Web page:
Final report for ONE19-338
The heritage bean project sought to determine marketable yield and answer whether products are economically viable beyond direct markets. We explored a slant cross-arm trellis system versus a vertical system to determine hand harvest rate and time per pound for evaluation. We partnered with five farms to test twelve different heritage bean varieties, including “half-runners” and pole beans. From the research it was concluded that slant-cross arm trellises improved efficiency by effectively separating bean pods from the canopy allowing for a faster harvest of marketable yield. The largest significant difference was shown between the Volunteer variety with 378.9 lbs fresh weight picked per 100 ft. row on a cross-arm in the same amount of time to pick 175.9 lbs. fresh weight per 100ft. row on a vertical trellis system, with a 203 lb difference in trellis type.
Through this project, we reached at least 78 participants through direct contact education. More than a dozen on-on-one consultations were accomplished on farms in addition to digital media with the creation of five related YouTube videos.
The largest impact of this project is seen in the extended connections. This project brought together heritage seed collectors and educators from across the West Virginia. Seeds saved from the research farms allowed for distribution of 5,000 bean seeds through the Grow This! West Virginia gardening program. The interest in growing via high tunnels allowed for new collaborations and a $60,000 USDA NRCS grant to be awarded.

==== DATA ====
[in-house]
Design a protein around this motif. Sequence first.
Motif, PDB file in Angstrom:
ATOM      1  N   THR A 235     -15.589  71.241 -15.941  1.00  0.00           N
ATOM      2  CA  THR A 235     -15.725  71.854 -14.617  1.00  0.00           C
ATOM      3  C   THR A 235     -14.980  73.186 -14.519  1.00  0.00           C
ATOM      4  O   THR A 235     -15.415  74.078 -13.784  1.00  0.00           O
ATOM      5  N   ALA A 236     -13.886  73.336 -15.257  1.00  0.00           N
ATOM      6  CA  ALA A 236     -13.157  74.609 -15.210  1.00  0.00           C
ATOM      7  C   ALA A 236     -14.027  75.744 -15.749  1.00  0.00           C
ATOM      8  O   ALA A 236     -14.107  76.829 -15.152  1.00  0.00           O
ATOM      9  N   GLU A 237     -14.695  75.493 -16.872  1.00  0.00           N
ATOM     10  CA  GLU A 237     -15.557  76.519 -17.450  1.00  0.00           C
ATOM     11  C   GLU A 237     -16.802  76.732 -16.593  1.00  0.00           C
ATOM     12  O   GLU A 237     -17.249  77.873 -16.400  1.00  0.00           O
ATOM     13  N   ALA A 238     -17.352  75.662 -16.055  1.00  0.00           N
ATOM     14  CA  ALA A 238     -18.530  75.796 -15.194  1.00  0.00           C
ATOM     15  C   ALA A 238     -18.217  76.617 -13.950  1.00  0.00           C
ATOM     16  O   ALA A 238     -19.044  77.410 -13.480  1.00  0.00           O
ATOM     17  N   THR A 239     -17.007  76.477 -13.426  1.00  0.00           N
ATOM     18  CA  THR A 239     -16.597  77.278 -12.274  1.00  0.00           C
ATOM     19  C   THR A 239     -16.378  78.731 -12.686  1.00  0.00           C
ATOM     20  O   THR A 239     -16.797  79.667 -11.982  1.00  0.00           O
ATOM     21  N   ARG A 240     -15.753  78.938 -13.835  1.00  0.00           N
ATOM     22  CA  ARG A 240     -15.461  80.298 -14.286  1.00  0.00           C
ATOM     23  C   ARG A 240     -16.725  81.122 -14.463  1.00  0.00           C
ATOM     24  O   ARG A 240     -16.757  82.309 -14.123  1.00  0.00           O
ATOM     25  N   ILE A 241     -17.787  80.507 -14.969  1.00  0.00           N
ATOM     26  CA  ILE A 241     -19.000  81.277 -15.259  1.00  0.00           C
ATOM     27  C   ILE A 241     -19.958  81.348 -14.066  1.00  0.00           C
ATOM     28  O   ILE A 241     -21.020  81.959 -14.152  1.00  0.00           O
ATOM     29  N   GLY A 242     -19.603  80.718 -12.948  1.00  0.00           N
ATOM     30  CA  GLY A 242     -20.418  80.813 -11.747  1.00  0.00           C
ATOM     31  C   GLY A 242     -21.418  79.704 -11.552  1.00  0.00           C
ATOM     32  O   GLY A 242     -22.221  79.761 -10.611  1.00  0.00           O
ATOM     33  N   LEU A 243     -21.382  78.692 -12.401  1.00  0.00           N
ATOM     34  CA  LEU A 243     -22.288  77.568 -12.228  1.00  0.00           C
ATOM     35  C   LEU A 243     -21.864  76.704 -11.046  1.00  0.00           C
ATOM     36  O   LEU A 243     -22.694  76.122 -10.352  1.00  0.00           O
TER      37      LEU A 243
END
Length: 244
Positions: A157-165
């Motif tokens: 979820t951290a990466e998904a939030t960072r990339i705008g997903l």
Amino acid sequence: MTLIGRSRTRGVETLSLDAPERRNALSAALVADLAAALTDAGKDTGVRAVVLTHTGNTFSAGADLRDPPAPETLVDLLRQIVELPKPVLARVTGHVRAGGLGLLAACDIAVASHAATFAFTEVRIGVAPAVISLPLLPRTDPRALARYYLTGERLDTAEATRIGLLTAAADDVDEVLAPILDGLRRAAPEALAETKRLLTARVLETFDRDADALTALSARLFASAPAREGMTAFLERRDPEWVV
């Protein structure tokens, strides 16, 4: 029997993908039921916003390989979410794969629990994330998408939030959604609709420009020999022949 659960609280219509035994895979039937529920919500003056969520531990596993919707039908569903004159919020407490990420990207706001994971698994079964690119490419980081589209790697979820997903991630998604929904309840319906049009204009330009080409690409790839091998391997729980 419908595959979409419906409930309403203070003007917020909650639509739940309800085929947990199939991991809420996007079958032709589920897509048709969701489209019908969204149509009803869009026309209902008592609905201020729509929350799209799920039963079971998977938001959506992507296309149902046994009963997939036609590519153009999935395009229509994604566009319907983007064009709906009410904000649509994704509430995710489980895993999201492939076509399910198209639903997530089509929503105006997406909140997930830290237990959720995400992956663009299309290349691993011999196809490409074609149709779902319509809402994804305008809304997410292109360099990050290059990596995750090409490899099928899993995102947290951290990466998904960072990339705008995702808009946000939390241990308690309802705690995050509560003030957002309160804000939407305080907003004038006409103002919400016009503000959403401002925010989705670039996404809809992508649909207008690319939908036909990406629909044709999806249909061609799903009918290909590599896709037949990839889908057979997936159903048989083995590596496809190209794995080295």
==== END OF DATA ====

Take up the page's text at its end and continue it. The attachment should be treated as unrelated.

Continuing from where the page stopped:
This project seeks to determine marketable yield of heritage beans and answer the question if they are an economically viable product beyond direct markets. For this objective, the project will explore the growing methods of the cross-arm trellis system and will determine the hand harvest rate and time per pound as an evaluation. We will conduct the heritage bean study on five partner farms with twelve varieties each.
We will assess wet chemistry protein and fiber values for twelve different varieties of heritage beans. We will investigate consumer preferences by doing taste testing studies, from which we will evaluate feedback of physical attributes including taste, texture and color. We will also identify purchasing consideration preferences during this process.
We will discuss the results of the grower experiences and overall project, including customer expectations, and make recommendations to County Agricultural Agents and service providers. This dissemination of information will allow farmers across the state to make informed marketing decisions for their operation.
Fresh and dry beans (Phaseolus vulgaris) have been grown in the Appalachian region for thousands of years and have a long history as a food crop in the region. Many of the bean varieties have been selected by local seed savers and are adapted genotypes to the ecoregion. There is an increasing demand for heritage food crops across the United States. The majority of the heritage bean varieties grown in Appalachia are indeterminate and require trellising for harvest. Since harvest cannot be mechanized, designing a trellis which can improve manual harvest efficiency of heritage types would be useful for growers wishing to produce heritage beans for commercial fresh and dry bean markets. In addition, the large number of new high tunnels in West Virginia provide a controlled environment for early-season bean production and marketing. The objective of this research and outreach project was to evaluate high tunnel, early-season yield and field production of heritage beans grown using angled or slant-arm trellises for harvest in West Virginia.